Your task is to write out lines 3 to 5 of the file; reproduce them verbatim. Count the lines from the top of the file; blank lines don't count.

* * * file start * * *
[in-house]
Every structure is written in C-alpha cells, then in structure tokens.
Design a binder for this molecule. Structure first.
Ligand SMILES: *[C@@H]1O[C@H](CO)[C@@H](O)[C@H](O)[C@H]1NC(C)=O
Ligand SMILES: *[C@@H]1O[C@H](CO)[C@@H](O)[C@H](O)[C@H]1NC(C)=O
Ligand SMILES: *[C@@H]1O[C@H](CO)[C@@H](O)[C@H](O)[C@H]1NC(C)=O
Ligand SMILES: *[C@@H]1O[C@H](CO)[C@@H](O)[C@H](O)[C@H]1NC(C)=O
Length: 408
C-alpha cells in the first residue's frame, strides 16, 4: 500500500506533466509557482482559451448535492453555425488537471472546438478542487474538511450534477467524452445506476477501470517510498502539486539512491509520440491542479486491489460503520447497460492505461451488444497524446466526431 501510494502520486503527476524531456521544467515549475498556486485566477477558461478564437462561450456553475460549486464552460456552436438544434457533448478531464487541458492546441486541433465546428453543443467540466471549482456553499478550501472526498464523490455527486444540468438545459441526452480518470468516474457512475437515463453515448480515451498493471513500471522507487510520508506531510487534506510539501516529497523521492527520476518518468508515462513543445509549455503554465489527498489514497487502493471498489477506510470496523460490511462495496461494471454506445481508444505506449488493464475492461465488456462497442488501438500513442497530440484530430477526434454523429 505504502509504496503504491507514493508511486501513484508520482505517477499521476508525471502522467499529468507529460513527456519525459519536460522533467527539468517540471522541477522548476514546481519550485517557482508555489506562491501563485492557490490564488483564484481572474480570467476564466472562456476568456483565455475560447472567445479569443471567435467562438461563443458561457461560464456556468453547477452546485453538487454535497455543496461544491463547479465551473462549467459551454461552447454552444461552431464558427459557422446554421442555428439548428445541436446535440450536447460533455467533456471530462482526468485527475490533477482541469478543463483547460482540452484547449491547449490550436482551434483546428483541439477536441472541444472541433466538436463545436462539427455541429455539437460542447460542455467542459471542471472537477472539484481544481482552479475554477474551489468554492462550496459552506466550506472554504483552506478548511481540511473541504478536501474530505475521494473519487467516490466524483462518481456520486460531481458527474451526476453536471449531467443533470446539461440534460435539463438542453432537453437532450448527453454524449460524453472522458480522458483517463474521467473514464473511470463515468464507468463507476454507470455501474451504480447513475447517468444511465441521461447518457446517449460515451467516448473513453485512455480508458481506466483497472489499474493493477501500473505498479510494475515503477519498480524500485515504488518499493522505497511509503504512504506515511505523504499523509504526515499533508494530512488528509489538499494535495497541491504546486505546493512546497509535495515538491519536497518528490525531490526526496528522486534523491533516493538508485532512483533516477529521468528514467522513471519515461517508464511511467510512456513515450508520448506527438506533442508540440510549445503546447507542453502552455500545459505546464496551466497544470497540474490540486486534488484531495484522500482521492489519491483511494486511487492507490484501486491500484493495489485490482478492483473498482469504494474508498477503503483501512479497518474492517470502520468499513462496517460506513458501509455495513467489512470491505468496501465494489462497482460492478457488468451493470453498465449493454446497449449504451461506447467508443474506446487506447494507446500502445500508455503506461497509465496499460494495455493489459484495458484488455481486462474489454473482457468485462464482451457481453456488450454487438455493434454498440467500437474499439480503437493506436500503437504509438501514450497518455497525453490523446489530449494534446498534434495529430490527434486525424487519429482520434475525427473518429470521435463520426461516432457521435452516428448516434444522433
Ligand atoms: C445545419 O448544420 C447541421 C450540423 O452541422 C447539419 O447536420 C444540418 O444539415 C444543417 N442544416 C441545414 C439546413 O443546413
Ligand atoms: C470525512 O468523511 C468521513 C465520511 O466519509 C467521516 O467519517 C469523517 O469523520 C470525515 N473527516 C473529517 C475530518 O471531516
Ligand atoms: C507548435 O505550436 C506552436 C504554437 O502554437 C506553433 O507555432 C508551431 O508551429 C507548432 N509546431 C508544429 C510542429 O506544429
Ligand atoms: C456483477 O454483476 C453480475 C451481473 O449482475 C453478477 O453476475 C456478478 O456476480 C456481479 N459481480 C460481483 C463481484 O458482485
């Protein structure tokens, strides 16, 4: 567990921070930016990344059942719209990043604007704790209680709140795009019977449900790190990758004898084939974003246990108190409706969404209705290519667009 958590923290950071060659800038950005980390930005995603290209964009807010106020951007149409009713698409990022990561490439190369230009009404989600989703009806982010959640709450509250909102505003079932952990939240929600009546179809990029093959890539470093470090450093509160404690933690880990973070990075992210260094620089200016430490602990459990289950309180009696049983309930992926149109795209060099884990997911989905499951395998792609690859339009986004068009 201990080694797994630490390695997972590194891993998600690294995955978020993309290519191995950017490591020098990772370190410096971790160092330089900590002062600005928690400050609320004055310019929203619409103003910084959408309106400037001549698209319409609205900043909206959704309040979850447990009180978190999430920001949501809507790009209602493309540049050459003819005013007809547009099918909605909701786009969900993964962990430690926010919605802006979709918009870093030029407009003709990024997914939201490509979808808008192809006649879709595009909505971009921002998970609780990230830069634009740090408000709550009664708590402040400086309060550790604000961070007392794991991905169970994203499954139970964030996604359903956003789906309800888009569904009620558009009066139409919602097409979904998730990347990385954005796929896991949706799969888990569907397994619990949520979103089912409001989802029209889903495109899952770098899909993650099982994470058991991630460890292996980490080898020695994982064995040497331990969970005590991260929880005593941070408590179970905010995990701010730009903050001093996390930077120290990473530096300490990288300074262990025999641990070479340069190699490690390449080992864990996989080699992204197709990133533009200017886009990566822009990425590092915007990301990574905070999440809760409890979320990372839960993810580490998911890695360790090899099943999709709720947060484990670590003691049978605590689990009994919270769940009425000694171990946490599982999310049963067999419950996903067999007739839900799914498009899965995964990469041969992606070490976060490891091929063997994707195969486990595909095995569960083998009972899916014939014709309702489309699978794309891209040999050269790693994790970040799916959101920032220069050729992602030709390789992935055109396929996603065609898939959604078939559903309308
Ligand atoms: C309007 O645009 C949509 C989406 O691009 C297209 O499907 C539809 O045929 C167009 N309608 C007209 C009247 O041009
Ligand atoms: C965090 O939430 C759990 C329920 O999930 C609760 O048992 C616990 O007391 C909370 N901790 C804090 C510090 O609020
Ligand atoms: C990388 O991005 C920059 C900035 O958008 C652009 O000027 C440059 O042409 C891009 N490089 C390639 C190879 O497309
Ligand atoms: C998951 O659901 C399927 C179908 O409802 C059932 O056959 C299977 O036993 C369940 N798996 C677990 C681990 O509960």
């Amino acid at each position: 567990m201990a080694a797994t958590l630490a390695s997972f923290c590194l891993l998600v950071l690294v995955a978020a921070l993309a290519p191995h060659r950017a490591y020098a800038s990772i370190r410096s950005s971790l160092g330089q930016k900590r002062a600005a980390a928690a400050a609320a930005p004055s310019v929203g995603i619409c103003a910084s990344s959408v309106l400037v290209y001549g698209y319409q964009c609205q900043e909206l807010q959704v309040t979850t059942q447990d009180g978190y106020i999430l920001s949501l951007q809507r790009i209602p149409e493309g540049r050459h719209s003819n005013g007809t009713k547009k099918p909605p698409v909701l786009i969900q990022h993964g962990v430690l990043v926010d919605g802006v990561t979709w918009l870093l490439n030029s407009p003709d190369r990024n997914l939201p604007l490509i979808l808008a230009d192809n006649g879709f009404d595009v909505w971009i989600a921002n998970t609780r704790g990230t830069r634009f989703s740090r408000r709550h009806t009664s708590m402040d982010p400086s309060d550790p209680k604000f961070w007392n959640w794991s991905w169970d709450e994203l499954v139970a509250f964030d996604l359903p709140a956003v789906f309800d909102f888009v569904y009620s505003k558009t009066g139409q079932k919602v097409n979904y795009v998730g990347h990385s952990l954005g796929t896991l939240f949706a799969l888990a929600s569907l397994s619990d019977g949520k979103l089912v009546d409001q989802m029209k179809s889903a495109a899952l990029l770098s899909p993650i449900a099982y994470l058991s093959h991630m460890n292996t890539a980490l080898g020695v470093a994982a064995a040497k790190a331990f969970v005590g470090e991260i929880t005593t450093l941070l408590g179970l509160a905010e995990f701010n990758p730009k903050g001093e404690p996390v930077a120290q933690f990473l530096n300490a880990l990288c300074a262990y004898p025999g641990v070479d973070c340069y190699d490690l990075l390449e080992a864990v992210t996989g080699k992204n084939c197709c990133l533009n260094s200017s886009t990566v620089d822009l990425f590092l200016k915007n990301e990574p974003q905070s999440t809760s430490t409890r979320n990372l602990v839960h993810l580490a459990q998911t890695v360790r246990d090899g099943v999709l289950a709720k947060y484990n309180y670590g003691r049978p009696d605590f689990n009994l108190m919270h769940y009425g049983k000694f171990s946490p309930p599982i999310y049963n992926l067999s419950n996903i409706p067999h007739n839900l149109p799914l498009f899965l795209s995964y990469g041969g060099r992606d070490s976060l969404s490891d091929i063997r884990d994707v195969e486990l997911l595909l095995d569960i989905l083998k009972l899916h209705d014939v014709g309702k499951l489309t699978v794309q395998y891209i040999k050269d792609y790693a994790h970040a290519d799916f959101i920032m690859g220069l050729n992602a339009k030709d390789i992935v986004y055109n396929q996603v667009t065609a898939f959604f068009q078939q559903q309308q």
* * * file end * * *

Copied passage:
Design a binder for this molecule. Structure first.
Ligand SMILES: *[C@@H]1O[C@H](CO)[C@@H](O)[C@H](O)[C@H]1NC(C)=O
Ligand SMILES: *[C@@H]1O[C@H](CO)[C@@H](O)[C@H](O)[C@H]1NC(C)=O